The Royal Variety Performance has been a national treasure since its first show in 1919. To celebrate the event’s centenary, Nick Smurthwaite takes a look back at the eclectic band of performers who have graced its stage, from international favourites like Judy Garland to the stars of ITV’s talent contest Britain’s Got Talent
Even in these cynical times, a summons to appear at the Royal Variety Performance is a significant one to most performers, not least because it commands a worldwide TV audience of 152 million in more than 65 countries.
This year’s show, taking place at the London Palladium next week in front of the Duke and Duchess of Cambridge, marks the centenary of the event becoming the Royal Variety Performance from its original incarnation as the Royal Command Performance.
Changing the name put the emphasis on the variety content, since it was always intended as a fundraising event for Brinsworth House in Twickenham, the home for retired entertainers.
The idea of performances commanded by royalty stretches back to medieval times and the Master of the Revels. It was Elizabeth I’s court that created a more structured and regular entertainment with her own personal theatre company, Queen Elizabeth’s Men.
In modern times, it was music hall performers, ballet dancers and acrobats who made up the programme for the inaugural show in 1912, although Marie Lloyd – the most celebrated performer of her day – was excluded from the first Royal Command Performance because the organisers felt her material was too saucy for King George V and Queen Mary. In a fit of pique, Lloyd staged a rival performance, dubbing it “By Order of the British Public”.
George V agreed to be life patron of the Variety Artistes’ Benevolent Fund – now called the Royal Variety Charity – and by 1926 the show was being broadcast on BBC radio.
The royal couple’s silver jubilee performance in 1935 put tickets at a premium – one rich US visitor paid £500 for a pair – and it proved to be George V’s variety swansong as he died a few months afterwards.
After a seven-year hiatus in the build up to, and then during, the Second World War, the Royal Variety Performance returned victoriously to the London Palladium in 1945. Robert Nesbitt directed the show, which was hosted by Tommy Trinder and attended by King George VI and Queen Elizabeth, and their two daughters. It would be the start of a long association for the present Queen.
Legendary variety producer Val Parnell raised a few eyebrows in 1947 when he chose international stars, such as Bob Hope and Judy Garland, over home-grown talent, although the public was not complaining. Neither was there any objection to Parnell’s discovery of 13-year-old Julie Andrews in 1948 who led the cast in singing the National Anthem in the finale.
‘Organisers felt Marie Lloyd’s material was too saucy for King George and Queen Mary’
After the accession of Queen Elizabeth II there was a particular buzz about the show, attended by the glamorous young monarch and her dashing husband. The cast included Norman Wisdom, the Beverley Sisters, and a young comedian called Tony Hancock, who went down particularly well with Prince Philip.
It was also the start of a run of appearances by the Crazy Gang, a six-man comedy troupe, by this time something of a national institution, who broke with tradition by mingling with the audience before the start of the show, posing as cleaners and ice-cream salesmen. They were the forerunners of the Goons and, later, Monty Python.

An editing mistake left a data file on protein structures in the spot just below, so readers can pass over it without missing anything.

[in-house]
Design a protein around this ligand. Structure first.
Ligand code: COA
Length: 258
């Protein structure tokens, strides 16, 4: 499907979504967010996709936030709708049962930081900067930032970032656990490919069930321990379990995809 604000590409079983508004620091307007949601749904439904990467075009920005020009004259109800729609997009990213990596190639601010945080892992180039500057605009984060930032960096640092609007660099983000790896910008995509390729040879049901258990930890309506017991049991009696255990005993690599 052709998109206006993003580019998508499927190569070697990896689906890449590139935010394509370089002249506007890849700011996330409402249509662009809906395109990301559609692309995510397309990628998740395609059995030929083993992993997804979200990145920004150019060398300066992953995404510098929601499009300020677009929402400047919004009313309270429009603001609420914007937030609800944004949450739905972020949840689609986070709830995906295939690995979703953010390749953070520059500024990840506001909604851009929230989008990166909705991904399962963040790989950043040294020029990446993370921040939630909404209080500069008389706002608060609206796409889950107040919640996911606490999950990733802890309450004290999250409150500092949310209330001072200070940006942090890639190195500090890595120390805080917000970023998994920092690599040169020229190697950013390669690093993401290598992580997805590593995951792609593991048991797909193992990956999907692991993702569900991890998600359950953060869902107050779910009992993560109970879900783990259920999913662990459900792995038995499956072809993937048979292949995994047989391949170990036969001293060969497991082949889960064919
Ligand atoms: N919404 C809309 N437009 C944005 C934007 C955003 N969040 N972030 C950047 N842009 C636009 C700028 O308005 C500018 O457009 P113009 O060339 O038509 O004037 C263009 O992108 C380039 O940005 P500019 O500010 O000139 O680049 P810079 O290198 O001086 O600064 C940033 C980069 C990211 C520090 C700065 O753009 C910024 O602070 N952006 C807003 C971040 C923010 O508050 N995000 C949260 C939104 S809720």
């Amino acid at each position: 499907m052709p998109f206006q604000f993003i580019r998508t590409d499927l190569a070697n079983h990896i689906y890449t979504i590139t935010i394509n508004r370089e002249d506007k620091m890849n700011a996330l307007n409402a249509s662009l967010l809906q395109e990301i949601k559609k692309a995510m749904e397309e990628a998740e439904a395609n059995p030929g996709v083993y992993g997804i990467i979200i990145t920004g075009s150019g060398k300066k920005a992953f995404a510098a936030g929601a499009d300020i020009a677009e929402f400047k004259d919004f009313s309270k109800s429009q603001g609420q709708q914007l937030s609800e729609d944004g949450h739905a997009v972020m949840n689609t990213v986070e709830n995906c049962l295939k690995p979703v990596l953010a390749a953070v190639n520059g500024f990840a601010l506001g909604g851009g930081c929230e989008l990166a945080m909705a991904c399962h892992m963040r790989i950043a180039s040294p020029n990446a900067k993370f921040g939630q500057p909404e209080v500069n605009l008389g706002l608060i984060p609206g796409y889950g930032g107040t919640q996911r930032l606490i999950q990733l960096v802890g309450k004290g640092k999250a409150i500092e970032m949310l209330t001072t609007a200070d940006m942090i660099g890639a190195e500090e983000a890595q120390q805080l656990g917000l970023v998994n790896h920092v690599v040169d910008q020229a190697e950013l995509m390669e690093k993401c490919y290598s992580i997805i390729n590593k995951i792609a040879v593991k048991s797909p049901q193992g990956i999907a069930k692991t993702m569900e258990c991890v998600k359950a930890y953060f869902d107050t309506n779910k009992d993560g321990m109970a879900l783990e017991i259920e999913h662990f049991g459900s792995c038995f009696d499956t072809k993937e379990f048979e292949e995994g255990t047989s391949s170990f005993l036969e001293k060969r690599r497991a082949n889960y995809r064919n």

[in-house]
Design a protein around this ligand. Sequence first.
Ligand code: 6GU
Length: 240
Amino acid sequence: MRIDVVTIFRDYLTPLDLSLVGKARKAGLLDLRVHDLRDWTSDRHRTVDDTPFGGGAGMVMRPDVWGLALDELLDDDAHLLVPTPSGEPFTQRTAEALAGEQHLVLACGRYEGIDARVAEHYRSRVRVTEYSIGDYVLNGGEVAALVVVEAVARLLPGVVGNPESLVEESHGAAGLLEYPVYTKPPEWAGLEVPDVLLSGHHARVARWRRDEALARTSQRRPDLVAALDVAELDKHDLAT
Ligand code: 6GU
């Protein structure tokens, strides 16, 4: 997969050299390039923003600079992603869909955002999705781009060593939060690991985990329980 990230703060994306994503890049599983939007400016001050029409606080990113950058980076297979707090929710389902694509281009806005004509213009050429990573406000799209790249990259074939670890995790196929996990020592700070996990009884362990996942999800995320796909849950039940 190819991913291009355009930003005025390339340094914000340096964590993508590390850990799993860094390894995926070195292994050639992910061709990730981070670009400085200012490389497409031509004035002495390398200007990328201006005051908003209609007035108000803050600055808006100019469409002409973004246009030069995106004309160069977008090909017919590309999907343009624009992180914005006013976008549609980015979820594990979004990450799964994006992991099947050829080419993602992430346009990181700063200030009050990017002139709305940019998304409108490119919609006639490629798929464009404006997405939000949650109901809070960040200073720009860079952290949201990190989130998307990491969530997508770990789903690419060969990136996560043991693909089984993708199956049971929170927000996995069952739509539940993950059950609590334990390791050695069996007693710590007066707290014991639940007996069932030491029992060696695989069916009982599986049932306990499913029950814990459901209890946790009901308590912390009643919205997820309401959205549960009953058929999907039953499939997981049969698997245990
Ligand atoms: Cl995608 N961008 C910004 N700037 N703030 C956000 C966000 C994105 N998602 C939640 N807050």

ITV made a bid to broadcast the show in 1955 but producer Bernard Delfont turned down the offer on the grounds that TV’s intervention would threaten the stage-led variety format. He finally gave in to the lure of TV in 1960, and, up until 2011, the TV coverage alternated annually between ITV and BBC.
It was in the third year of broadcast that the Beatles made a memorable appearance at the Royal Variety Performance. John Lennon famously exhorted “Would the people in the cheaper seats clap your hands? And the rest of you, if you’ll just rattle your jewellery.”
The first ever live broadcast took place in 1976 but a plethora of technical hitches meant the decision was quickly taken to return to pre-recorded shows. The following year Delfont presided over the Silver Jubilee show, hosted by Bob Hope, and broadcast across the US.
In 1986, the show was produced by the BBC for the first time, marking a big change in direction. Laurie Mansfield, veteran producer and life president of the Royal Variety Charity, says: “We negotiated a six-year deal with the BBC and ITV that enabled them to produce the show have a say in who appeared in it but this also gave the Royal Variety Charity more financial security. From then on, the charity acted more in an advisory capacity, and in 2011 we did an exclusive deal with ITV to produce the show.”
The advent of ITV’s Britain’s Got Talent in 2007 was another game-changer for the Royal Variety Performance. Its combination cash prize and headline spot at the event for the winner has given the show priceless publicity.
“Much to our surprise, even the younger performers are keen to do the Royal Variety Performance,” says Giles Cooper, executive producer and chairman of the Royal Variety Charity. “It has given us a younger audience.”
The winner of this year’s BGT, 89-year-old Chelsea Pensioner Colin Thackery, will be one of the star attractions of the 2019 show, along with Rob Beckett, Romesh Ranganathan, Rod Stewart, Petula Clark and the cast of Mary Poppins.
The Royal Variety Performance is at the London Palladium on November 18. Details: royalvarietycharity.org